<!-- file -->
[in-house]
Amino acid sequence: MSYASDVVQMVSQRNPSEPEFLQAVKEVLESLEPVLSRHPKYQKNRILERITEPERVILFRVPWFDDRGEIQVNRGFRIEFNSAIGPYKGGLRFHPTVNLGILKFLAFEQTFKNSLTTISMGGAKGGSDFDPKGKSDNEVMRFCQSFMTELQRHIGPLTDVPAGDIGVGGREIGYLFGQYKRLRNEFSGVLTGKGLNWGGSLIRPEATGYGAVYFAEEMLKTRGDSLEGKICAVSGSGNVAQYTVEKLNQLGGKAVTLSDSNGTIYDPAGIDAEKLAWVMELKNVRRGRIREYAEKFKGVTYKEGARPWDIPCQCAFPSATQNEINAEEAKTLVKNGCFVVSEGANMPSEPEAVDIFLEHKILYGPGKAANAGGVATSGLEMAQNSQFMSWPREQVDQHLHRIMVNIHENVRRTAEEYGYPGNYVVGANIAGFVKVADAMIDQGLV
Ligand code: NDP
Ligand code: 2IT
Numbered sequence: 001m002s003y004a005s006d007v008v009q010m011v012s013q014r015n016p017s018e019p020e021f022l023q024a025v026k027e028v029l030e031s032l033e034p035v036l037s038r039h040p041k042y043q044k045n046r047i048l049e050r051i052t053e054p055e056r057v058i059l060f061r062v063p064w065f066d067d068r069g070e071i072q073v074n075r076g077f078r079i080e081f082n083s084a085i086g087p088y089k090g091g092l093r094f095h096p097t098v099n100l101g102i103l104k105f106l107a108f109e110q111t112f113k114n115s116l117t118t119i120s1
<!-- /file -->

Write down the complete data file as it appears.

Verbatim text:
[in-house]
Amino acid sequence: MSYASDVVQMVSQRNPSEPEFLQAVKEVLESLEPVLSRHPKYQKNRILERITEPERVILFRVPWFDDRGEIQVNRGFRIEFNSAIGPYKGGLRFHPTVNLGILKFLAFEQTFKNSLTTISMGGAKGGSDFDPKGKSDNEVMRFCQSFMTELQRHIGPLTDVPAGDIGVGGREIGYLFGQYKRLRNEFSGVLTGKGLNWGGSLIRPEATGYGAVYFAEEMLKTRGDSLEGKICAVSGSGNVAQYTVEKLNQLGGKAVTLSDSNGTIYDPAGIDAEKLAWVMELKNVRRGRIREYAEKFKGVTYKEGARPWDIPCQCAFPSATQNEINAEEAKTLVKNGCFVVSEGANMPSEPEAVDIFLEHKILYGPGKAANAGGVATSGLEMAQNSQFMSWPREQVDQHLHRIMVNIHENVRRTAEEYGYPGNYVVGANIAGFVKVADAMIDQGLV
Ligand code: NDP
Ligand code: 2IT
Numbered sequence: 001m002s003y004a005s006d007v008v009q010m011v012s013q014r015n016p017s018e019p020e021f022l023q024a025v026k027e028v029l030e031s032l033e034p035v036l037s038r039h040p041k042y043q044k045n046r047i048l049e050r051i052t053e054p055e056r057v058i059l060f061r062v063p064w065f066d067d068r069g070e071i072q073v074n075r076g077f078r079i080e081f082n083s084a085i086g087p088y089k090g091g092l093r094f095h096p097t098v099n100l101g102i103l104k105f106l107a108f109e110q111t112f113k114n115s116l117t118t119i120s1